We develop an order-sorted higher-order calculus suitable forautomatic theorem proving applications by extending the extensional simplytyped lambda calculus with a higher-order ordered sort concept and constantoverloading. Huet's well-known techniques for unifying simply typed lambdaterms are generalized to arrive at a complete transformation-based unificationalgorithm for this sorted calculus. Consideration of an order-sorted logicwith functional base sorts and arbitrary term declarations was originallyproposed by the second author in a 1991 paper; we give here a correctedcalculus which supports constant rather than arbitrary term declarations, aswell as a corrected unification algorithm, and prove in this setting resultscorresponding to those claimed there.
The introduction of sorts to first-order automated deduc-tion has brought greater conciseness of representation and a considerablegain in efficiency by reducing search spaces. This suggests that sort in-formation can be employed in higher-order theorem proving with similarresults. This paper develops a sorted (lambda)-calculus suitable for automatictheorem proving applications. It extends the simply typed (lambda)-calculus by ahigher-order sort concept that includes term declarations and functionalbase sorts. The term declaration mechanism studied here is powerfulenough to subsume subsorting as a derived notion and therefore gives ajustification for the special form of subsort inference. We present a set oftransformations for sorted (pre-) unification and prove the nondetermin-istic completeness of the algorithm induced by these transformations.
-mega is a mixed-initiative system with the ultimate pur-pose of supporting theorem proving in main-stream mathematics andmathematics education. The current system consists of a proof plannerand an integrated collection of tools for formulating problems, provingsubproblems, and proof presentation.
This report presents the main ideas underlyingtheOmegaGamma mkrp-system, an environmentfor the development of mathematical proofs. The motivation for the development ofthis system comes from our extensive experience with traditional first-order theoremprovers and aims to overcome some of their shortcomings. After comparing the benefitsand drawbacks of existing systems, we propose a system architecture that combinesthe positive features of different types of theorem-proving systems, most notably theadvantages of human-oriented systems based on methods (our version of tactics) andthe deductive strength of traditional automated theorem provers.In OmegaGamma mkrp a user first states a problem to be solved in a typed and sorted higher-order language (called POST ) and then applies natural deduction inference rules inorder to prove it. He can also insert a mathematical fact from an integrated data-base into the current partial proof, he can apply a domain-specific problem-solvingmethod, or he can call an integrated automated theorem prover to solve a subprob-lem. The user can also pass the control to a planning component that supports andpartially automates his long-range planning of a proof. Toward the important goal ofuser-friendliness, machine-generated proofs are transformed in several steps into muchshorter, better-structured proofs that are finally translated into natural language.This work was supported by the Deutsche Forschungsgemeinschaft, SFB 314 (D2, D3)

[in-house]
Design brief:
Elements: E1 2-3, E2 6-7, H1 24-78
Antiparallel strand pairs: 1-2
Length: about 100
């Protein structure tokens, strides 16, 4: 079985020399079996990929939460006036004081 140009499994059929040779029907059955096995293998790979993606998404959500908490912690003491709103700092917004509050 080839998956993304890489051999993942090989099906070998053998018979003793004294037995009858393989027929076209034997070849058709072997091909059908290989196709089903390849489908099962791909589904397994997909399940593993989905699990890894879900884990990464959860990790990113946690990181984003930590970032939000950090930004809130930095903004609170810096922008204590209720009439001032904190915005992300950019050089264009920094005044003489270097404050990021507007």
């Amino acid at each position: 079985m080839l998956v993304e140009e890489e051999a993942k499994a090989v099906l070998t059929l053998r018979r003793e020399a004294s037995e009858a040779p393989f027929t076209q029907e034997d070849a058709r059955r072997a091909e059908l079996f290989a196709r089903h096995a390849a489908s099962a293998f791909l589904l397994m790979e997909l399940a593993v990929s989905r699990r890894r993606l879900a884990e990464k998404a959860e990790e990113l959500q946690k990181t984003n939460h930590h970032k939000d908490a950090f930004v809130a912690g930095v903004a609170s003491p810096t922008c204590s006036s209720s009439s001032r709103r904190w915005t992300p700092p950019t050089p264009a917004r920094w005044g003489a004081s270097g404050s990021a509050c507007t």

In this paper we provide a semantical meta-theory that will support the development of higher-order calculi for automated theorem proving like the corresponding methodology has in first-order logic. To reach this goal, we establish classes of models that adequately characterize the existing theorem-proving calculi, that is, so that they are sound and complete to these calculi, and a standard methodology of abstract consistency methods (by providing the necessary model existence theorems) needed to analyze completeness of machine-oriented calculi.